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  • Illustration showing the silhouette of a human head and chest with lungs inside, set on a computer chip. Other elements include lines and circles pointing to lungs, and a DNA symbol.
    When Tufts computer scientists put their skills to work, they can change the world. Here are four projects addressing medical questions and challenges.
  • Headshot composite of Associate Professor Matthew Panzer and Ph.D. alumnus Anthony D'Angelo, each smiling at camera
    Associate Professor Matthew Panzer and Ph.D. alumnus Anthony D’Angelo recently published research focused on the design of stretchable, self-healing, lithium-based battery electrolytes.
  • Robot Shafer looks into the camera, while robot Dempster is visible behind

    <p>Robots can transform health care, transportation, work, and more for the better, as long as we imbue them with a human principle: do no harm. The Human-Robot Interaction Lab does that research.</p>

  • A professor and a student with a large box with a QR code design.
    Assistant Professor Jivko Sinapov, the James Schmolze Assistant Professor in Computer Science, was one of ten winners in the nationwide Verizon 5G EdTech Challenge, and sees it as an opportunity to continue to mentor students.
  • The geometry of a moth's eye provides inspiration for a 3D printed antenna that absorbs specific microwave frequencies from any direction. Credit: Hojat Nejad.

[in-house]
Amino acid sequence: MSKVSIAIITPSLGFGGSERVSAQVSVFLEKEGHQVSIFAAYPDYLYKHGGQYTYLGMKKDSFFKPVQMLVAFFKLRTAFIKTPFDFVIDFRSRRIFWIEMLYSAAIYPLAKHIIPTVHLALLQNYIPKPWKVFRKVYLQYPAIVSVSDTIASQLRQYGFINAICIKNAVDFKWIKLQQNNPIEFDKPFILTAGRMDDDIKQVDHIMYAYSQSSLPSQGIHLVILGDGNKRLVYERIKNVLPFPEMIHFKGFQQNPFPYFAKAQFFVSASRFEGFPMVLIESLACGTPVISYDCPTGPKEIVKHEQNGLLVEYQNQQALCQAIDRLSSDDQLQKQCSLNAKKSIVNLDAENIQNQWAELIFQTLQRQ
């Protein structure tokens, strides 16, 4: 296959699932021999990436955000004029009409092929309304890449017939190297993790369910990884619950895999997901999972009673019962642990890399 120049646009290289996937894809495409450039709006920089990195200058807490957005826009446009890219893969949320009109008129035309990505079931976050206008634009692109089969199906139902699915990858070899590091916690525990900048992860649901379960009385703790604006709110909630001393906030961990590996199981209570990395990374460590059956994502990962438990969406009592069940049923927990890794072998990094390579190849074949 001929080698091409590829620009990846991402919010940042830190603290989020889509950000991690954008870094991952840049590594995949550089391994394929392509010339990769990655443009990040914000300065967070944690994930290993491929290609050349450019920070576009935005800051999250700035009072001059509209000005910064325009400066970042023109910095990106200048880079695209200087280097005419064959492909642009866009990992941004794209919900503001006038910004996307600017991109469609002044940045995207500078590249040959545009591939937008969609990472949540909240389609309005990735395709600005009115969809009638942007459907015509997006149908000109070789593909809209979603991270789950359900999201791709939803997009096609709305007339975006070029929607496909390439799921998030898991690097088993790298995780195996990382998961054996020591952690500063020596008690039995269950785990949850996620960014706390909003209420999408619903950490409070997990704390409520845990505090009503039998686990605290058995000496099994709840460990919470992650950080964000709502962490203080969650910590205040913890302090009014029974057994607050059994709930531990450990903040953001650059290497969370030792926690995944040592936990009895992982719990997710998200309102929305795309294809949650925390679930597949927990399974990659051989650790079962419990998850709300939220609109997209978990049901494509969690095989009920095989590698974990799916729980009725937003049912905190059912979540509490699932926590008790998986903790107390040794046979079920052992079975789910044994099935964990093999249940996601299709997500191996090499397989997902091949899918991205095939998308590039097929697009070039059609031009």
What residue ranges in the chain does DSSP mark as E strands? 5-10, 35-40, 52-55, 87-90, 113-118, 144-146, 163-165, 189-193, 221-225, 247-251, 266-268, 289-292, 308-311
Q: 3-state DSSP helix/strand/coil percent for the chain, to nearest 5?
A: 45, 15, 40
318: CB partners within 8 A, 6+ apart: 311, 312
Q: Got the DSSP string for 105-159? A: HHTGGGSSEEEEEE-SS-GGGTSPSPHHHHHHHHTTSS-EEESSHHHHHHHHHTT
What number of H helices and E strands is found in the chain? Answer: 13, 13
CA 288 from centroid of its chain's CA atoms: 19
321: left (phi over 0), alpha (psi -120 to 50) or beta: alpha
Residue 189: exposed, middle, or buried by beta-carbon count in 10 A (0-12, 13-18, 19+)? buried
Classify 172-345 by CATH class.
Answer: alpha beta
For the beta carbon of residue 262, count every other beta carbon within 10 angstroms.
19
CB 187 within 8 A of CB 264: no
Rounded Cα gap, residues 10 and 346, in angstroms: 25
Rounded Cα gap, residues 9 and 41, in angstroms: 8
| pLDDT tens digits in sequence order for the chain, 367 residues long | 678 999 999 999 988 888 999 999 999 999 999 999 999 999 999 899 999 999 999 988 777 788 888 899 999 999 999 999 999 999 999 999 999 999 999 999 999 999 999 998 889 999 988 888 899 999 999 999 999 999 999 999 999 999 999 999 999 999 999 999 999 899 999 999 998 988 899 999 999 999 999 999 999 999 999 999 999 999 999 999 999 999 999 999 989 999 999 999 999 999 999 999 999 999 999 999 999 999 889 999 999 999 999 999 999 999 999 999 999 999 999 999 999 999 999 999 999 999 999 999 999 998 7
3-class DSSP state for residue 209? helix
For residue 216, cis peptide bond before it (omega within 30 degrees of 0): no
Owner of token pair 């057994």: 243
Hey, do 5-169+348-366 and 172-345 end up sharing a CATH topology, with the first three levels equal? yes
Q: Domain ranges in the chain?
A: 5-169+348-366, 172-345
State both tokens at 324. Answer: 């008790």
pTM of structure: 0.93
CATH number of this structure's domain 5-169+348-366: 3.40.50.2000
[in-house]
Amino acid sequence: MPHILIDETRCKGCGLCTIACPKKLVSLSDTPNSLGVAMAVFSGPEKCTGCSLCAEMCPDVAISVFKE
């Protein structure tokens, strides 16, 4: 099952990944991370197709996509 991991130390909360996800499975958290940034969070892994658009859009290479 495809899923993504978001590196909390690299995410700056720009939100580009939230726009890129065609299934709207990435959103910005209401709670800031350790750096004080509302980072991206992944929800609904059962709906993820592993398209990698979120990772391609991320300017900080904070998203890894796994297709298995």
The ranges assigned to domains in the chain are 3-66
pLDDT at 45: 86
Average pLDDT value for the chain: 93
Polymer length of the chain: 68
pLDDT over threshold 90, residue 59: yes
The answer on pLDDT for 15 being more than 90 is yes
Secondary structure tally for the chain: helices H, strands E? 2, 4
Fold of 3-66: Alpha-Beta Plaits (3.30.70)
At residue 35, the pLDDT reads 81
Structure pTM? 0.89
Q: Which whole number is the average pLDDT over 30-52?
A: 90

Tufts electrical engineers and chemical engineers create novel optical devices, including an omnidirectional microwave antenna inspired by a moth's eye.

  • Professor Shafiqul Islam
    In a special issue of the Journal of Hydrology, Professor Shafiqul Islam (pictured) and MIT's Professor Lawrence Susskind explain how to use complexity science and negotiation theory to resolve complicated water issues.
  • Solar panels on a home's roof

    In Scientific American, Assistant Professor Deborah Sunter explains a Tufts and UC Berkeley study's findings that racial and ethnic minorities have less access to solar power, regardless of income.

  • Sensing threads prepared with bromothymol blue (top thread), methyl red (middle thread) and MnTPP (bottom thread) are exposed to ammonia at 0 ppm (left panel) 50 ppm (middle panel) and 1000 ppm (right panel).
    Equipment- and training-free textile detectors, developed by Ph.D. candidate Rachel Owyeung, Associate Professor Matthew Panzer, and Professor Sameer Sonkusale, could be used in public health, workplace safety, military, and rescue applications.
  • Sunrise behind city skyline and smokestacks emitting smoke.

    Assistant Professor Jonathan Lamontagne spoke to the Los Angeles Times about why the next decade is going to be critical in curtailing the effects of climate change.

  • A man in a lab
    Assistant Professor Xiaocheng Jiang received a Department of Defense grant to procure state-of-the-art research equipment.

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